Fishtown Tour on the Horizon, With a Side of Johnny Brenda’s History

In just a handful of years, Fishtown went from typical quiet Philadelphia neighborhood– unknown to outsiders– to a bustling enclave with glowing write-ups in travel guides, and most recently in Forbes Magazine. Considered one of the primary catalysts to the neighborhood’s re-birth, Johnny Brenda’s has become with synonymous with Fishtown– a hip and quirky place with great food and booze. However, this notable curved corner building at the nexus of Frankford and Girard Avenues has worn many hats over the years.

Johnny Brenda's

In 1856, at sheriff’s sale, Thomas Wood purchased an empty lot bounded by Frankford Road, Shackamaxon Street, and Franklin Avenue, now known as Girard. Wood, a maker of textile-making machinery, was probably eyeing up the lot for a new factory. He must have changed his plans though, because in 1861, Wood sold the property to blacksmith Valentine Eckert. The new owner, a namesake of his Revolutionary War Colonel ancestor, built a carriage and wagon factory on the site and lived in a home immediately next door. He stayed there until his death in 1891. By the mid 1890s, the building held a liquor store and warehouse owned by a Robert Brotz. By the start of the 20th Century, however, the first floor began operating as William Weisser’s saloon.

William Weisser was a well-known character around the city and was called “Philadelphia’s Biggest Man” by newspapers, not because he was tall– but because he was obese. In 1912, the 480-pound Weisser insisted on establishing his death bed in the back room of his saloon because he knew that no door in his house would be wide enough to move him through after he died. Once he passed, he was placed in his casket in the saloon and had to be moved by truck to the cemetery due to being too large for a conventional hearse.

While Weisser’s saloon operated on the first floor, the second floor was in use by the United States Employment Service. This was an organization created by the Federal Government to find jobs for immigrants and the poor. It was criticized in its day for being geared more toward collecting data about its users than finding them work. Once the Great War came, however, it worked toward filling jobs for the war effort. The future Johnny Brenda’s building was one of the “Female Help” centers for the organization, and continued as such until around 1920.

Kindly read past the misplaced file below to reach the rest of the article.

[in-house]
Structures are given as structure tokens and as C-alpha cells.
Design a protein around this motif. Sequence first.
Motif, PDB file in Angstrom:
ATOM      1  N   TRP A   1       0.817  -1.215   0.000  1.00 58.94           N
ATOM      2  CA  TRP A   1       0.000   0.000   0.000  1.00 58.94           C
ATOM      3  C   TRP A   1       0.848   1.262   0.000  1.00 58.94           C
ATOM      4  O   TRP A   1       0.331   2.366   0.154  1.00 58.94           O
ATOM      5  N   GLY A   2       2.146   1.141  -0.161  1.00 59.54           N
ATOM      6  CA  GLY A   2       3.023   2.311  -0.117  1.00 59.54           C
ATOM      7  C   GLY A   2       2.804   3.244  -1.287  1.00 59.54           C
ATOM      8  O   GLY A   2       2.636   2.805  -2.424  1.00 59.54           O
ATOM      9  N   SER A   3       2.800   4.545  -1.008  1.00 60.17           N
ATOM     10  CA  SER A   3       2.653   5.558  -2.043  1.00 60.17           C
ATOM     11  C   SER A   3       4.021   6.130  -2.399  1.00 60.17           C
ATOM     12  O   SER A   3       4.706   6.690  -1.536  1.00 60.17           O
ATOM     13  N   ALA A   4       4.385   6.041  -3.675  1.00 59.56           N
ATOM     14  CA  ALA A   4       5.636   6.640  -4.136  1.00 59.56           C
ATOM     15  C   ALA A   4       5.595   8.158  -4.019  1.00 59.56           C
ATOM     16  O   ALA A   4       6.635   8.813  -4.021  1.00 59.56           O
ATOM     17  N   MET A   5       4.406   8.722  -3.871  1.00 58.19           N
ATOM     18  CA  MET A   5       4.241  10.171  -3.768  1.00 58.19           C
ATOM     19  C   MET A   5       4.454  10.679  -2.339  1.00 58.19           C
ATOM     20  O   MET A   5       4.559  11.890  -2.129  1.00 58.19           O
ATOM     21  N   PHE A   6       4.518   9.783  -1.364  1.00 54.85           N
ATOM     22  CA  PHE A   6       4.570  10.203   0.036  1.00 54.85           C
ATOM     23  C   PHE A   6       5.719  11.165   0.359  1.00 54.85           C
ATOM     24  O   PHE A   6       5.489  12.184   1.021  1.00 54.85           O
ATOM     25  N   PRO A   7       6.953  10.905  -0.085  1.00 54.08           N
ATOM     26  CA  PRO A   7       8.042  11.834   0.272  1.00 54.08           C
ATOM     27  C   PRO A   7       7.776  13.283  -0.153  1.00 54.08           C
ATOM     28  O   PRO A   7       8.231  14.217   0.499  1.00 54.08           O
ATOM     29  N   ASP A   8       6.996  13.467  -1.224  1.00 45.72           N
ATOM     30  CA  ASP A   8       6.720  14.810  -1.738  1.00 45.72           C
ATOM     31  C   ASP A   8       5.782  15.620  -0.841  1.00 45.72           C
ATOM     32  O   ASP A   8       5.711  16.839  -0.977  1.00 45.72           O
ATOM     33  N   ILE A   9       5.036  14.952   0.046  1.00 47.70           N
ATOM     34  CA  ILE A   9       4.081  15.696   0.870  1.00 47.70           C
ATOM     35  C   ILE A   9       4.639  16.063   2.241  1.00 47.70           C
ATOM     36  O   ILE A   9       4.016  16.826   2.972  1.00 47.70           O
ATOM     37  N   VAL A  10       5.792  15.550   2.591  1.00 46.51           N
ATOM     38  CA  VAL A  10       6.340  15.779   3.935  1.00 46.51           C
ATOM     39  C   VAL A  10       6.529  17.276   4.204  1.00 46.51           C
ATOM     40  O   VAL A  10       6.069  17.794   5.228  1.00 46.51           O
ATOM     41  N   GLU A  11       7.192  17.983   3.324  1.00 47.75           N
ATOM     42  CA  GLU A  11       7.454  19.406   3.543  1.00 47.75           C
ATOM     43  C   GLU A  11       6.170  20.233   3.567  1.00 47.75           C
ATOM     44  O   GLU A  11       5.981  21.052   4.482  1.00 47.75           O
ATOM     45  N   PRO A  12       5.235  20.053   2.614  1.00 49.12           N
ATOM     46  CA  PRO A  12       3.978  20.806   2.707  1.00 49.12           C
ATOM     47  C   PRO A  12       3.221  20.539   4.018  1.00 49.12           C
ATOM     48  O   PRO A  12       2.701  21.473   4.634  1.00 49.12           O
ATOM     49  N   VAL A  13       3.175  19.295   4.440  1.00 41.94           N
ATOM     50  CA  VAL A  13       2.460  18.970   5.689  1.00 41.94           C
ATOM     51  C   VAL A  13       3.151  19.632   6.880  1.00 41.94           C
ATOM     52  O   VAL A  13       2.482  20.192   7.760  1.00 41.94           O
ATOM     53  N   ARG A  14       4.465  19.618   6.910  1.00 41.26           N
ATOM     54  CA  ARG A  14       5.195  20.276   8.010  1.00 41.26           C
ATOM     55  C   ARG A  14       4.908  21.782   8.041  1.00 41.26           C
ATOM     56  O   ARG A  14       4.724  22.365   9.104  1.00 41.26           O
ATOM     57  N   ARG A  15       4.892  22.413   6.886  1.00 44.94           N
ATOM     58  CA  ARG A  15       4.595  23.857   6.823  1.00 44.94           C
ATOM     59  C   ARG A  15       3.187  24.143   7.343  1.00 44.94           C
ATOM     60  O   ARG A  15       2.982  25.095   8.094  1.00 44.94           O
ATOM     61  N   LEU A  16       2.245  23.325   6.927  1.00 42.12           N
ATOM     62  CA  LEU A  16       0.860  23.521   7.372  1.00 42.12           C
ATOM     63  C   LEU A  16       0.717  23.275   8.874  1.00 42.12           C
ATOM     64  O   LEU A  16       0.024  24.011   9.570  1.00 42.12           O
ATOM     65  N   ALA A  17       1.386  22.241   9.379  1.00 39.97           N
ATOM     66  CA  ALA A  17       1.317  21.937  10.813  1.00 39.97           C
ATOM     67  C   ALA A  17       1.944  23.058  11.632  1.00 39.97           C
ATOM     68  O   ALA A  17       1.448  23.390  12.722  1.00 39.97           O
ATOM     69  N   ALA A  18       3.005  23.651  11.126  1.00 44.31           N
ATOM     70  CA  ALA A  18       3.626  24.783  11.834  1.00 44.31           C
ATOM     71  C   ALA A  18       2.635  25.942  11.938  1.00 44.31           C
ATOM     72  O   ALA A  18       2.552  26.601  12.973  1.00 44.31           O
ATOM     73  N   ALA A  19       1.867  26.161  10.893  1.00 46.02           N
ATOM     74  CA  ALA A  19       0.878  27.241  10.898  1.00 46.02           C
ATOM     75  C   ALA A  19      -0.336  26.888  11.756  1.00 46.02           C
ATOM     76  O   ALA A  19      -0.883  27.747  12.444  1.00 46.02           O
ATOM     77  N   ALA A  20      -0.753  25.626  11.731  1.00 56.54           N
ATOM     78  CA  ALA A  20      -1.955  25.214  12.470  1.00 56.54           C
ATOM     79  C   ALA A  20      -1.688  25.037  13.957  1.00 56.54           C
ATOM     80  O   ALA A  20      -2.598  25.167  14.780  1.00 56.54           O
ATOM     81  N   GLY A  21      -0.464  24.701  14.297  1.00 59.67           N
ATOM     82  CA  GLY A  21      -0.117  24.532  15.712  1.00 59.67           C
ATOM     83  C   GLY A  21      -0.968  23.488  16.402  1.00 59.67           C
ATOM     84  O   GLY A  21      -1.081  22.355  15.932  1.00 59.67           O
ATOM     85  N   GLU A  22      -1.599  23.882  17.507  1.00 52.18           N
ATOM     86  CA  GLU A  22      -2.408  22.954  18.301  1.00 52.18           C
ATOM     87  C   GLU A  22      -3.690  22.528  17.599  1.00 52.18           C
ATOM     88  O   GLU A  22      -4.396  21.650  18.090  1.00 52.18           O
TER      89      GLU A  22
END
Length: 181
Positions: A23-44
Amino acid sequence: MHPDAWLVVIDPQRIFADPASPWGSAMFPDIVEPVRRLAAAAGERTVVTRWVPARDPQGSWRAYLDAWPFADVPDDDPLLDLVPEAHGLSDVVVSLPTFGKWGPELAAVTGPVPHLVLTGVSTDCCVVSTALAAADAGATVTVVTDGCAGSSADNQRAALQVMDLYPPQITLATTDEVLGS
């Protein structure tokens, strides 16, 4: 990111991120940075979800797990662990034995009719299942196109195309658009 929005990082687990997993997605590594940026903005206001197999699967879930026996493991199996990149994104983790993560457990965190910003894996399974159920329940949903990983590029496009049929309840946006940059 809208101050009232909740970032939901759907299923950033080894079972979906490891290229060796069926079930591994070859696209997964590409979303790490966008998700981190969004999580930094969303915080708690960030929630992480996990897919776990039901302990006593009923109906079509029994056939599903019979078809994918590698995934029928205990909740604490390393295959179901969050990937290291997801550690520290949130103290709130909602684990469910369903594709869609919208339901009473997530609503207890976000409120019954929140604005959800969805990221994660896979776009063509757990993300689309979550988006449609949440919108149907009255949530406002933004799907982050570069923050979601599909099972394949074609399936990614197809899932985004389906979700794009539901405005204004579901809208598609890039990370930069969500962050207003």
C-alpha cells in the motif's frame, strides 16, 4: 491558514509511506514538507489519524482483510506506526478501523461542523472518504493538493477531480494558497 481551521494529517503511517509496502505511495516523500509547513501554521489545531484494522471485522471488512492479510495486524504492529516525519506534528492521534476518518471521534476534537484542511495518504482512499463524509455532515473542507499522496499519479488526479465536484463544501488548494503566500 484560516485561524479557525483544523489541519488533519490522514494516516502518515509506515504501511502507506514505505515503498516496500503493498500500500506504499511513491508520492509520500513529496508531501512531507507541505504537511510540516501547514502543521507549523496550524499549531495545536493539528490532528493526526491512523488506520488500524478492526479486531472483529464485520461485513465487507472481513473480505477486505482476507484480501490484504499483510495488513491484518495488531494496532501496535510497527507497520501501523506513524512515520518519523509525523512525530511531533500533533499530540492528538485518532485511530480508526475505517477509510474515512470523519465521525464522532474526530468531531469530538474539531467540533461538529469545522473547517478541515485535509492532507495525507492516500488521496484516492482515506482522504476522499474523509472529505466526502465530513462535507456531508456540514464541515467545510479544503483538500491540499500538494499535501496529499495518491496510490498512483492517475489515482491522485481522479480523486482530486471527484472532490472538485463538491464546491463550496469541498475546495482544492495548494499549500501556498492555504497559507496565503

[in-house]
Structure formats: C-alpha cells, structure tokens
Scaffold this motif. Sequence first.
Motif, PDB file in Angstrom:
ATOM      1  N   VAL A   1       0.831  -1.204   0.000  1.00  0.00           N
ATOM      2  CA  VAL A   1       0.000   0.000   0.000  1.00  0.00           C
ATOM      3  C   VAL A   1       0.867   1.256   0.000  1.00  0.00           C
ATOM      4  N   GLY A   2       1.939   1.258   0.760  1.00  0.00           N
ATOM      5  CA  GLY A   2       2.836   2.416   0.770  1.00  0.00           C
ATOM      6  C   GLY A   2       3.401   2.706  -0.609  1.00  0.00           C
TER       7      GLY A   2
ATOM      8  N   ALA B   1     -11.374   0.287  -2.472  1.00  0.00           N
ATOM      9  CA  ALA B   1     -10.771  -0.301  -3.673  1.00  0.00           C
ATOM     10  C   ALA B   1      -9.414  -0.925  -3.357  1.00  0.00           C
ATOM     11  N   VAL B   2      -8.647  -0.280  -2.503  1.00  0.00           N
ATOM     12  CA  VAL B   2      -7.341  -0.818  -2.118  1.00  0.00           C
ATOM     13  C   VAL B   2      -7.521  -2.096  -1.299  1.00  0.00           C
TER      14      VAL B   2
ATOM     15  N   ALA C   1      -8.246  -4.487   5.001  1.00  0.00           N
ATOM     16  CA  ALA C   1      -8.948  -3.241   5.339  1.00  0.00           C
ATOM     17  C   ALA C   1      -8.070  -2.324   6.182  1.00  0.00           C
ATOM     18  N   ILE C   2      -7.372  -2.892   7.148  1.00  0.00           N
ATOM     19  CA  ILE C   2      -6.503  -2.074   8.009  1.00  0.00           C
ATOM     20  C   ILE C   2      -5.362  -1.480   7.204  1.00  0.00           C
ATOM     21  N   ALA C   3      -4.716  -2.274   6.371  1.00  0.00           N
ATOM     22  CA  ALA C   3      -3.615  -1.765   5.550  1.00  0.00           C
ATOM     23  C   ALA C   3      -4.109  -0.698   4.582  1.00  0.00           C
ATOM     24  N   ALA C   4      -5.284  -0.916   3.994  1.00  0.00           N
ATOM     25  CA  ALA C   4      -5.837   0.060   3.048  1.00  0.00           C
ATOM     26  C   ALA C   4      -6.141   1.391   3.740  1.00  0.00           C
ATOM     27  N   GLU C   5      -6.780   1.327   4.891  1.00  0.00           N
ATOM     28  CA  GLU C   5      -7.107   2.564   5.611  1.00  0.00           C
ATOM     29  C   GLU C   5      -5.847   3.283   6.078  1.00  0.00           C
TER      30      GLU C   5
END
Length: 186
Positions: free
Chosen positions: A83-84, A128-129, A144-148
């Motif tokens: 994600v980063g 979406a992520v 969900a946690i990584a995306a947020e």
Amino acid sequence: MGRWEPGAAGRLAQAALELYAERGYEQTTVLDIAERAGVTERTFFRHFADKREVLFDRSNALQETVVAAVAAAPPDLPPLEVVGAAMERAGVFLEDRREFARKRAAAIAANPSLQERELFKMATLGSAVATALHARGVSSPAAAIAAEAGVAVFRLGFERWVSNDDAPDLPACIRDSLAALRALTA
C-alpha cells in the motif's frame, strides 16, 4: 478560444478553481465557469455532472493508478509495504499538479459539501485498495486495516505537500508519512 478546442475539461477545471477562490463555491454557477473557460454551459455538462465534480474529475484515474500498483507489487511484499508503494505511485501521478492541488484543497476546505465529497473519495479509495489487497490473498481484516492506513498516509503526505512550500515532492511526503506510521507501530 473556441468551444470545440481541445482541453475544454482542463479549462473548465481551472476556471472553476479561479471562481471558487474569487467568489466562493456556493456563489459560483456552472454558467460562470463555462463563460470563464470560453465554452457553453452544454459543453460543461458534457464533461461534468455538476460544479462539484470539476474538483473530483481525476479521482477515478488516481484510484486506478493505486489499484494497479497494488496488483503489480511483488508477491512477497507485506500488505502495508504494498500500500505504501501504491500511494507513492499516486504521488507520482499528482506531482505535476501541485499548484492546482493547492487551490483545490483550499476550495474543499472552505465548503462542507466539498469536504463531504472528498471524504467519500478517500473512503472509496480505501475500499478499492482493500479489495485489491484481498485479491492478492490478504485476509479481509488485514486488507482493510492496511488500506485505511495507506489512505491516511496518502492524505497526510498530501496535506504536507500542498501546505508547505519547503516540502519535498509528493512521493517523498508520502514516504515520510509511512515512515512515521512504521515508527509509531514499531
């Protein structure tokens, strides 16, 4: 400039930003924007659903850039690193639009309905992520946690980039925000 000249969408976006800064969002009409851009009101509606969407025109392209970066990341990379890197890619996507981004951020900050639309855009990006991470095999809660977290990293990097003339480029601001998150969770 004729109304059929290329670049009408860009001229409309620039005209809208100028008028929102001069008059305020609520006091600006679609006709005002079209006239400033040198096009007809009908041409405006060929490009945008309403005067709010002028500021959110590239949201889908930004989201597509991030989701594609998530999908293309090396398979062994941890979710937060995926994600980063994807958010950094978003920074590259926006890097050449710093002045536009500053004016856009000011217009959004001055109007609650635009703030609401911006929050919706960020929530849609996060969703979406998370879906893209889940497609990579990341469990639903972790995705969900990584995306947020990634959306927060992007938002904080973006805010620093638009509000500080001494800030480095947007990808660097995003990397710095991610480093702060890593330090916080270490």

Prohibition seemingly had little impact in many sections of Philadelphia– there were, in fact, more saloons after 1920 than before, and many of the local breweries continued brewing beer unabated. 1201 Frankford Ave. was no exception. The first floor continued to operate as a saloon and was sold to a saloon operator, Edward Gegnas, in 1923. It took until 1927 for Gegnas’ establishment to get shut down in a mass raid of 100 bars. By the time Prohibition ended in 1933, Edward Gegnas had died and his wife re-married to a Lithuanian immigrant named Anicat “Andy” Karvell. Andy’s Cafe was open on the first floor by 1935, and it operated into the 1950s.

A common misconception published in numerous publications and travel guides is that the property became Johnny Brenda’s in 1967. However, evidence shows that one George Hess ran a “George Hess Bar” at the location in the mid 1970s. George J. Hess sold the property to “John Brenda, Inc” on January 16, 1980. A permit application for the legalization of a sign labeled “Johnny Brenda’s Tavern” was approved in June of the same year.

Love that sign

Johnny Brenda was the ring name for John Imbrenda, the boxer who took over the bar. He was born in the neighborhood but lived much of his life in the Hunting Park section and in Chester, PA. A 5’5” welterweight,  Imbrenda fought in eleven (sanctioned) bouts from 1941-47 with a record of 3 wins, 7 losses, and one no contest– though old newspaper ads show that he fought in numerous exhibition bouts.

Johnny Brenda’s continued on into the turn of the 21st Century, known as a rough, dark bar for locals to get a beer and a shot. In 2003, Paul Kimport and William Reed approached Imbrenda about buying the establishment and opening a new bar/restaurant/venue under the same name. Four years earlier, the pair opened Standard Tap in Northern Liberties to great success. The focus on locally-sourced wholesome foods and independent local beers was a relatively new concept for the Philadelphia restaurant scene of the period and proved highly desirable to the public.

From another angle

A couple of years after Johnny Brenda’s 2.0 opened in 2003 and endured through some initial growing pains, Kimport and Reed took possession of 109 East Girard Ave. and Valentine Eckert’s old house at 1205 Frankford Ave., and incorporated them into the property to add the dining room and concert venue portions of the establishment. Johnny Brenda’s influence at the Frankford & Girard corner certainly played a role in the transformation of the neighborhood over the following 15 years into an almost completely different place.

You can learn more about the past, present, and future of Fishtown at our Fishtown Corridors Tour on June 14th! This is a free tour that will fill up quickly– sign up here!

— Dennis Carlisle

  • James Goodwin

    Nice story to read with my morning coffee.

  • taylor

    Perhaps Carlisle can lead a similar tour on the industrial heritage of Washington Avenue?

  • jacobhalo

    Good stuff!!!!